Admin Law: Dobbins, Very Good. Dobbins clerked for Supreme Court Justice Stevens and has alot of experience in the area of Admin Law. Dobbins is one of the smartest and nicest men I have met while at Willamette. He is passionate about his topic and truly wants to see his students succeed. He does a great job and making a tough topic easy.

Professional Responsibility: Tamayo, Average. Professor Tamayo is approachable and a great lecturer. We met for only 2 hours a week so it is hard to say what she would be like in another subject. Out of all the professor's I have had, she still has a question mark over her head. Her exam seemed to be taken out of the examples and explanations with a few little things changed.

Remedies: Standen, Morris-Collins.
Standen: Top--all I said above applies here as well. Prof Standen was involved in an accident half way through the semester and Morris Collins took over.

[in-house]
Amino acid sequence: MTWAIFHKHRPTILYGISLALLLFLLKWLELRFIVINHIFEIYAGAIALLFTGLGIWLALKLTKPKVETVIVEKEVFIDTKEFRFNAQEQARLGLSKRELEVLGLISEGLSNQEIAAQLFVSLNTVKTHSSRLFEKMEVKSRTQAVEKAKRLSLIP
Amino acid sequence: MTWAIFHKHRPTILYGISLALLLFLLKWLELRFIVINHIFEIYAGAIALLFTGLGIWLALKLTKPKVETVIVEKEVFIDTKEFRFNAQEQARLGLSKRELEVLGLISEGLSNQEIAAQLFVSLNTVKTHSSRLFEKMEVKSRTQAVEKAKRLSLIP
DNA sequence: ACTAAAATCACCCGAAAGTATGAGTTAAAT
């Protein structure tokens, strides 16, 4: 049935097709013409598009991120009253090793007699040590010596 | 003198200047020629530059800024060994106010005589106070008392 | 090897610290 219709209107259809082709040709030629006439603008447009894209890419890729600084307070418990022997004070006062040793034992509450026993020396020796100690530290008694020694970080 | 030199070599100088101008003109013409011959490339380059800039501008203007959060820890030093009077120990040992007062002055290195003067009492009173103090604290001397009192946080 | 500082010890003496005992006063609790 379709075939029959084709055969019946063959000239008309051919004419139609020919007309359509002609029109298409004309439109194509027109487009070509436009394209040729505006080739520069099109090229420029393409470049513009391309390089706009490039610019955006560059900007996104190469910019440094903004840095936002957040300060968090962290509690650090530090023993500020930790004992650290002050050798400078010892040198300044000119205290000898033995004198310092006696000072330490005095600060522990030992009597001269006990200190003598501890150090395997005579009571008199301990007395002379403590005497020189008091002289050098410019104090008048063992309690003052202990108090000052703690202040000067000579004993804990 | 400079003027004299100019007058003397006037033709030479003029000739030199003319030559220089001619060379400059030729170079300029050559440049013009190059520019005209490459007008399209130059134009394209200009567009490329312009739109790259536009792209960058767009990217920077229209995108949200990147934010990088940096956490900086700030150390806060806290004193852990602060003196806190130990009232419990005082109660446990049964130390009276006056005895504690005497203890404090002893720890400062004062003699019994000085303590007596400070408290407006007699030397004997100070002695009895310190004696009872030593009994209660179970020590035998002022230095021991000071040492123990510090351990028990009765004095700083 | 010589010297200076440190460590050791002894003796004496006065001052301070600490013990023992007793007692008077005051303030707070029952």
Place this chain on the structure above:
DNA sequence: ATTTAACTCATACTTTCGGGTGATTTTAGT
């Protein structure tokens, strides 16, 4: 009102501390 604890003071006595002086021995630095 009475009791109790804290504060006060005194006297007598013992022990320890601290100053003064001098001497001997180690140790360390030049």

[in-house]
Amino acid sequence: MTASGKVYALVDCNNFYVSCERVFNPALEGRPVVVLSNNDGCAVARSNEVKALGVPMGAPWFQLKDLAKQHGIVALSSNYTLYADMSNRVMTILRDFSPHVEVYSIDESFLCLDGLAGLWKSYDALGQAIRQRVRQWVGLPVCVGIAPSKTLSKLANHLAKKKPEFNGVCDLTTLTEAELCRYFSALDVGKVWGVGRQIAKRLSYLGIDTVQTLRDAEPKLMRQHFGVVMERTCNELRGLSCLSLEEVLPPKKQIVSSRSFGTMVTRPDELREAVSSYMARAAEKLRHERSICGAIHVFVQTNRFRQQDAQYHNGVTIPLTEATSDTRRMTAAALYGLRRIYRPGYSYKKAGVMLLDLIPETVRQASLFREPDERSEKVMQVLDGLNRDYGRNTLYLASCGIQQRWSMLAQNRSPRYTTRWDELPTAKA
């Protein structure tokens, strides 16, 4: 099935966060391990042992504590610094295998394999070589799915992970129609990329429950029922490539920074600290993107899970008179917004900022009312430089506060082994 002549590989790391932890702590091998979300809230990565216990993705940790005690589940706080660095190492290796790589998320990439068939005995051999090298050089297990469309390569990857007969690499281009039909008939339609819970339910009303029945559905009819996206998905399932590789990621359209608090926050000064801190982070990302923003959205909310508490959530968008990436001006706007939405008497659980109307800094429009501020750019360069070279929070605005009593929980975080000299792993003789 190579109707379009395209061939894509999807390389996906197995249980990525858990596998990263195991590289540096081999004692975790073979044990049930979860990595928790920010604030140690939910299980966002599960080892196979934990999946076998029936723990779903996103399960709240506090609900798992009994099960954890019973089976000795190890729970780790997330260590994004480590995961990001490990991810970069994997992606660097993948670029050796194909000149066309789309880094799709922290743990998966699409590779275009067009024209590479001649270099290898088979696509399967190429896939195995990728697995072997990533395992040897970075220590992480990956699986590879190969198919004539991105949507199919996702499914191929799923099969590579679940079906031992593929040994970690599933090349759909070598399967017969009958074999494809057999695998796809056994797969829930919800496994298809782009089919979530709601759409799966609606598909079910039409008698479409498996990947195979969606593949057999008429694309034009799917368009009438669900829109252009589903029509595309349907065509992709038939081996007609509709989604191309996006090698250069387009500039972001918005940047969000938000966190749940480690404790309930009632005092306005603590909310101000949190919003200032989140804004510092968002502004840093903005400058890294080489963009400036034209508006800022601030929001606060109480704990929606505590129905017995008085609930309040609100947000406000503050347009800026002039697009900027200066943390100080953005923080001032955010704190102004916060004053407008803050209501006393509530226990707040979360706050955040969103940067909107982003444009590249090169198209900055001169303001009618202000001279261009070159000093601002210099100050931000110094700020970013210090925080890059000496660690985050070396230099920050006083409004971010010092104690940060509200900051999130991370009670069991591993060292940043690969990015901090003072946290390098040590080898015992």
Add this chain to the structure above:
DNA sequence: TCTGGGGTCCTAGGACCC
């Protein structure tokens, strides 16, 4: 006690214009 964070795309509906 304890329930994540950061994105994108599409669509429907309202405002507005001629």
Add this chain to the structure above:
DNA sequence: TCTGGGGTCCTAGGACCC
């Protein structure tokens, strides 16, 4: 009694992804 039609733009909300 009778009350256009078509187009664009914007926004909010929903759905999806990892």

Morris-Collins: Very passionate about the topic of remedies. I can't really grade her because I did not have her from start to finish. For the few weeks I had her, I was left with a favorable opinion and would be open to taking another class from her in the future.

Coming in May: 2nd year, 2nd Semester grading of Saucy, Graham, Landau, Appleman, and KCP. As you can tell, I am taking additional classes from Appleman and KCP--we shall see if they live up to my kudos above.


  1. Lisa, could you please clarify what you mean by "cumulative"?

  2. The professor lays the foundation and then builds on it brick by brick. Also, during the course of the class, the professor will refer back to past topics and tie it into what you are talking about. By constantly building on the topic, it is repetitious, and you find that by the end of the semester, very little studying is required.....Just tweaking a bit here and there.